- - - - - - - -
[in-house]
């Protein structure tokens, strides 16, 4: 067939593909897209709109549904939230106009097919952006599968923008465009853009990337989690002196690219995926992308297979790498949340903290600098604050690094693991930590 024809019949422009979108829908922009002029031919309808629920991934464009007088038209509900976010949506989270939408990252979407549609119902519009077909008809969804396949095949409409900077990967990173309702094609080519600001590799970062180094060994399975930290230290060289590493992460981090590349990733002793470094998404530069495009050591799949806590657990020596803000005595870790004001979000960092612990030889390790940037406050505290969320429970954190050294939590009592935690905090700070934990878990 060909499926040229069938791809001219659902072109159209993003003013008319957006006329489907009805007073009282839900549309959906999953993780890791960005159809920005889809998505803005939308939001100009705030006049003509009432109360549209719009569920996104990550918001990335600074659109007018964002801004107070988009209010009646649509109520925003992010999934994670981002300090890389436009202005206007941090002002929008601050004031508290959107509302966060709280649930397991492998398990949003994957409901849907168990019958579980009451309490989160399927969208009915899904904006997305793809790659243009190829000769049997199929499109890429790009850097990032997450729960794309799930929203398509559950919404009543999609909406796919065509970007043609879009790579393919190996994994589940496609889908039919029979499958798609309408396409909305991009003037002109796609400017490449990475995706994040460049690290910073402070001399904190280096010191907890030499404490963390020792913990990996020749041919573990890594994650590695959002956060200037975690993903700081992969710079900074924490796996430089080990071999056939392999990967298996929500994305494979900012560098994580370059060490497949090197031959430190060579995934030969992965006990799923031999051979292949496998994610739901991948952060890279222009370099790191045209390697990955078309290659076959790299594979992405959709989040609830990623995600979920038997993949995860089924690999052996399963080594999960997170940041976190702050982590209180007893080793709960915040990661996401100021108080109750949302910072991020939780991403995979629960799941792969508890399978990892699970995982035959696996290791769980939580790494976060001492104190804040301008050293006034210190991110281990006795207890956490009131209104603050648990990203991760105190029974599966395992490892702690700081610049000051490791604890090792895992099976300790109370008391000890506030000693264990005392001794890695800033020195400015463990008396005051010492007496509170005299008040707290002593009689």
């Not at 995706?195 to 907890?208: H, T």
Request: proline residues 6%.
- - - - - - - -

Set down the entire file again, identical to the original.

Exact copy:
[in-house]
């Protein structure tokens, strides 16, 4: 067939593909897209709109549904939230106009097919952006599968923008465009853009990337989690002196690219995926992308297979790498949340903290600098604050690094693991930590 024809019949422009979108829908922009002029031919309808629920991934464009007088038209509900976010949506989270939408990252979407549609119902519009077909008809969804396949095949409409900077990967990173309702094609080519600001590799970062180094060994399975930290230290060289590493992460981090590349990733002793470094998404530069495009050591799949806590657990020596803000005595870790004001979000960092612990030889390790940037406050505290969320429970954190050294939590009592935690905090700070934990878990 060909499926040229069938791809001219659902072109159209993003003013008319957006006329489907009805007073009282839900549309959906999953993780890791960005159809920005889809998505803005939308939001100009705030006049003509009432109360549209719009569920996104990550918001990335600074659109007018964002801004107070988009209010009646649509109520925003992010999934994670981002300090890389436009202005206007941090002002929008601050004031508290959107509302966060709280649930397991492998398990949003994957409901849907168990019958579980009451309490989160399927969208009915899904904006997305793809790659243009190829000769049997199929499109890429790009850097990032997450729960794309799930929203398509559950919404009543999609909406796919065509970007043609879009790579393919190996994994589940496609889908039919029979499958798609309408396409909305991009003037002109796609400017490449990475995706994040460049690290910073402070001399904190280096010191907890030499404490963390020792913990990996020749041919573990890594994650590695959002956060200037975690993903700081992969710079900074924490796996430089080990071999056939392999990967298996929500994305494979900012560098994580370059060490497949090197031959430190060579995934030969992965006990799923031999051979292949496998994610739901991948952060890279222009370099790191045209390697990955078309290659076959790299594979992405959709989040609830990623995600979920038997993949995860089924690999052996399963080594999960997170940041976190702050982590209180007893080793709960915040990661996401100021108080109750949302910072991020939780991403995979629960799941792969508890399978990892699970995982035959696996290791769980939580790494976060001492104190804040301008050293006034210190991110281990006795207890956490009131209104603050648990990203991760105190029974599966395992490892702690700081610049000051490791604890090792895992099976300790109370008391000890506030000693264990005392001794890695800033020195400015463990008396005051010492007496509170005299008040707290002593009689």
């Not at 995706?195 to 907890?208: H, T």
Request: proline residues 6%.